The Winston Group is a strategy and research firm dedicated to making ideas matter.

Des Moines Register: New Iowa Poll shows GOP majority favors Terry Branstad in governor’s race

by Lisa Mathias

Thomas Beaumont recently featured The Winston Group’s David Winston in a piece discussing Iowa’s primary for governor; polls show former governor Terry Brandstad in the lead:

“Branstad is proving that his credentials and an economic focus as a conservative puts together a large majority coalition,” said David Winston, a national Republican pollster. “It’s a good position for him to be in, and positions him well for the general election.”

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LA Times: GOP worries about ‘tea party’ candidates’ broad appeal

by Lisa Mathias

Los Angeles Times’ Kathleen Henessy writes about how more non-politicians are entering themselves as candidates for this year’s election, many of whom are aligning with the tea party. The Winston Group’s David Winston commented on the need for tea party and for GOP members to work together, especially to win over independent voters:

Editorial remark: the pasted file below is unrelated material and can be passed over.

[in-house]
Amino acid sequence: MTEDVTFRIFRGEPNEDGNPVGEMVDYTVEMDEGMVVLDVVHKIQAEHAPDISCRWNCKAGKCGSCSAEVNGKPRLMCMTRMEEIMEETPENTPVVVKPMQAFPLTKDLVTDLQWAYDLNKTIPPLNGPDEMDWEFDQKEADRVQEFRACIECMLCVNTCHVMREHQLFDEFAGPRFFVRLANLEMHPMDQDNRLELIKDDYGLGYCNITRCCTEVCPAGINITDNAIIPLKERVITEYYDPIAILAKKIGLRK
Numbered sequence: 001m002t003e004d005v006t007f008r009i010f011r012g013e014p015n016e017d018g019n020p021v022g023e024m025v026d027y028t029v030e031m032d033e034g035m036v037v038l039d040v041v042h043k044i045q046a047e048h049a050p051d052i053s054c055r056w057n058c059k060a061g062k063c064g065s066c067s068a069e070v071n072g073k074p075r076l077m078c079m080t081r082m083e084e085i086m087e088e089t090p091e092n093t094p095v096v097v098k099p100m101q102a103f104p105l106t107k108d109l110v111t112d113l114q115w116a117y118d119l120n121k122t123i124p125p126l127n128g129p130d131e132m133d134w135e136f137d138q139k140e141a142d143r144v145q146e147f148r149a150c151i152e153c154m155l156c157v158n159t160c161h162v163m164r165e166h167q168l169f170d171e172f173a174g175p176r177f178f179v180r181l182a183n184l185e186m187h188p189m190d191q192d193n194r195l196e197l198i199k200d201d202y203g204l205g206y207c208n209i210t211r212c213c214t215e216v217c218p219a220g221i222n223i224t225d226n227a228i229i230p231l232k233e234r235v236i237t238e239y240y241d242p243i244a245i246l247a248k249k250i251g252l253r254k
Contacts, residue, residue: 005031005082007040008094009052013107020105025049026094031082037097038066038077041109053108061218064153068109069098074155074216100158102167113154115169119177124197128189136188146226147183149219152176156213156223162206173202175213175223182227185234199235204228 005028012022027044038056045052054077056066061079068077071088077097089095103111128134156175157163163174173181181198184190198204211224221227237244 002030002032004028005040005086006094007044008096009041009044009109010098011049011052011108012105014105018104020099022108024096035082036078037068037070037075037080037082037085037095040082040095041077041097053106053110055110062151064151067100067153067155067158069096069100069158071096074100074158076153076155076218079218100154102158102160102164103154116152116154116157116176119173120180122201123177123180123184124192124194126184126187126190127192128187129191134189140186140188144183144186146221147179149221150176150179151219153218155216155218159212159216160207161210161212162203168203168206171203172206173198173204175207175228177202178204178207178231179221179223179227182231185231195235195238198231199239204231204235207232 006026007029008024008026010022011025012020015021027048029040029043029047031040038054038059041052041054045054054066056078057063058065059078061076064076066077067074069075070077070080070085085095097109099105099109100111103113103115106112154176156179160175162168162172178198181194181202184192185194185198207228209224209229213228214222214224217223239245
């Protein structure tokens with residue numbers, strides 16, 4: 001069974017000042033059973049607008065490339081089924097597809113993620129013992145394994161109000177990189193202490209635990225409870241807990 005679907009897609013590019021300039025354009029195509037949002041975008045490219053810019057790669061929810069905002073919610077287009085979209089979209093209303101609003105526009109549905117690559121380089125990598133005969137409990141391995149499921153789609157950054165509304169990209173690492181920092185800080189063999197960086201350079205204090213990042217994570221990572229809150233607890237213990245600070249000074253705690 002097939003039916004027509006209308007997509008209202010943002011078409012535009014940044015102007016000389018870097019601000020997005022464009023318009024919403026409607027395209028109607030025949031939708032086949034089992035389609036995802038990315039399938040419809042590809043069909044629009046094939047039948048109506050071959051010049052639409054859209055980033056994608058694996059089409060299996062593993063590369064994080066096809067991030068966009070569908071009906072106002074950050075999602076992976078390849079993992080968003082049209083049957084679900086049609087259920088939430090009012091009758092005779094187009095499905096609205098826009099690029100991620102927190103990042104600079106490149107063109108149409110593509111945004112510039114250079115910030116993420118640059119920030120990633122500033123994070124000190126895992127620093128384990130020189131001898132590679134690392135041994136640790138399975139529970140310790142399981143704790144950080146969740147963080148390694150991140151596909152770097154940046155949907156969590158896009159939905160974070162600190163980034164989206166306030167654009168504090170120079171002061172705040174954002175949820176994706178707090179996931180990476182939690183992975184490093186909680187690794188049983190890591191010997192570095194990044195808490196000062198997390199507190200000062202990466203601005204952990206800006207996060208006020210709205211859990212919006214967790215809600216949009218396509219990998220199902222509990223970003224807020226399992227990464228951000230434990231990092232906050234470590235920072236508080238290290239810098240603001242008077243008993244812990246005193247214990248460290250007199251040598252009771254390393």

“This isn’t a college debate about who made the best points,” said Republican strategist David Winston, who has seen tea party candidates rising as they focus their arguments on deficit spending and federal overreach. “If they’re going to win races, they have to prove they can build a coalition.”

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For Republican Women, 2010 Is Already A Huge Year

by Lisa Mathias

NPR recently featured The WG’s Kristen Soltis in a story on Republican women choosing to run for public office in 2010. Soltis comments on how former Vice Presidential candidate Sarah Palin isn’t the only reason why women are looking to politics in larger numbers than before:

But GOP strategists are careful to note that while Palin, a controversial figure in her own party, has inspired some, the new class of conservative female candidates has largely been motivated by the economy and fervent opposition to the Obama administration’s agenda.
“I certainly don’t think that Sarah Palin has had nothing to do with this,” Soltis says, “but it is the huge concerns about the economy and unemployment that are energizing people across the board — including Republican women.”

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